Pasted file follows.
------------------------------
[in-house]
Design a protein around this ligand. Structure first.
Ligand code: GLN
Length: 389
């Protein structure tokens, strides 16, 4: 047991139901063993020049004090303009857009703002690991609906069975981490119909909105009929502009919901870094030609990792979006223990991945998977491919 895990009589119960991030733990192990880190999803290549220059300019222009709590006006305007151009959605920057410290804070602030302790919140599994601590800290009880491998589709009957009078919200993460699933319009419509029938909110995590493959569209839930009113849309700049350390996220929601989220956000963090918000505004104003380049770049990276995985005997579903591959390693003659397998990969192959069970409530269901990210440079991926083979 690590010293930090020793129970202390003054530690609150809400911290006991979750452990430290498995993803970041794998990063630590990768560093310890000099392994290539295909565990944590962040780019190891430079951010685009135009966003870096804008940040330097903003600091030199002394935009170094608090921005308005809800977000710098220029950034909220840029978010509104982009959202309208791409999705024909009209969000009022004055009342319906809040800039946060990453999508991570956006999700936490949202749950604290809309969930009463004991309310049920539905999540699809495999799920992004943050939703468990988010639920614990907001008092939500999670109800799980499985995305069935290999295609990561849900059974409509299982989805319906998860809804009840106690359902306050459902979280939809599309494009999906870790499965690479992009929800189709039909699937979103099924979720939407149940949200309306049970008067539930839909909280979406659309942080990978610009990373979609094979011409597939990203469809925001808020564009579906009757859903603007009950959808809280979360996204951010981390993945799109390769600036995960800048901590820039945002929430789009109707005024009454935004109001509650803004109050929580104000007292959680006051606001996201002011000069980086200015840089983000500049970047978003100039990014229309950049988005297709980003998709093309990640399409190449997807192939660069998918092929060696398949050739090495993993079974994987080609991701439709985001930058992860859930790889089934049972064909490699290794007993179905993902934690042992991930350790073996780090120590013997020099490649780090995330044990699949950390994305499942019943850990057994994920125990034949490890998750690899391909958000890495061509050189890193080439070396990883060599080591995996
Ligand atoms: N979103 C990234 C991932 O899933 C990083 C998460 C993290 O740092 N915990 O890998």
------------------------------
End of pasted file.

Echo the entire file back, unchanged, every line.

[in-house]
Design a protein around this ligand. Structure first.
Ligand code: GLN
Length: 389
């Protein structure tokens, strides 16, 4: 047991139901063993020049004090303009857009703002690991609906069975981490119909909105009929502009919901870094030609990792979006223990991945998977491919 895990009589119960991030733990192990880190999803290549220059300019222009709590006006305007151009959605920057410290804070602030302790919140599994601590800290009880491998589709009957009078919200993460699933319009419509029938909110995590493959569209839930009113849309700049350390996220929601989220956000963090918000505004104003380049770049990276995985005997579903591959390693003659397998990969192959069970409530269901990210440079991926083979 690590010293930090020793129970202390003054530690609150809400911290006991979750452990430290498995993803970041794998990063630590990768560093310890000099392994290539295909565990944590962040780019190891430079951010685009135009966003870096804008940040330097903003600091030199002394935009170094608090921005308005809800977000710098220029950034909220840029978010509104982009959202309208791409999705024909009209969000009022004055009342319906809040800039946060990453999508991570956006999700936490949202749950604290809309969930009463004991309310049920539905999540699809495999799920992004943050939703468990988010639920614990907001008092939500999670109800799980499985995305069935290999295609990561849900059974409509299982989805319906998860809804009840106690359902306050459902979280939809599309494009999906870790499965690479992009929800189709039909699937979103099924979720939407149940949200309306049970008067539930839909909280979406659309942080990978610009990373979609094979011409597939990203469809925001808020564009579906009757859903603007009950959808809280979360996204951010981390993945799109390769600036995960800048901590820039945002929430789009109707005024009454935004109001509650803004109050929580104000007292959680006051606001996201002011000069980086200015840089983000500049970047978003100039990014229309950049988005297709980003998709093309990640399409190449997807192939660069998918092929060696398949050739090495993993079974994987080609991701439709985001930058992860859930790889089934049972064909490699290794007993179905993902934690042992991930350790073996780090120590013997020099490649780090995330044990699949950390994305499942019943850990057994994920125990034949490890998750690899391909958000890495061509050189890193080439070396990883060599080591995996
Ligand atoms: N979103 C990234 C991932 O899933 C990083 C998460 C993290 O740092 N915990 O890998």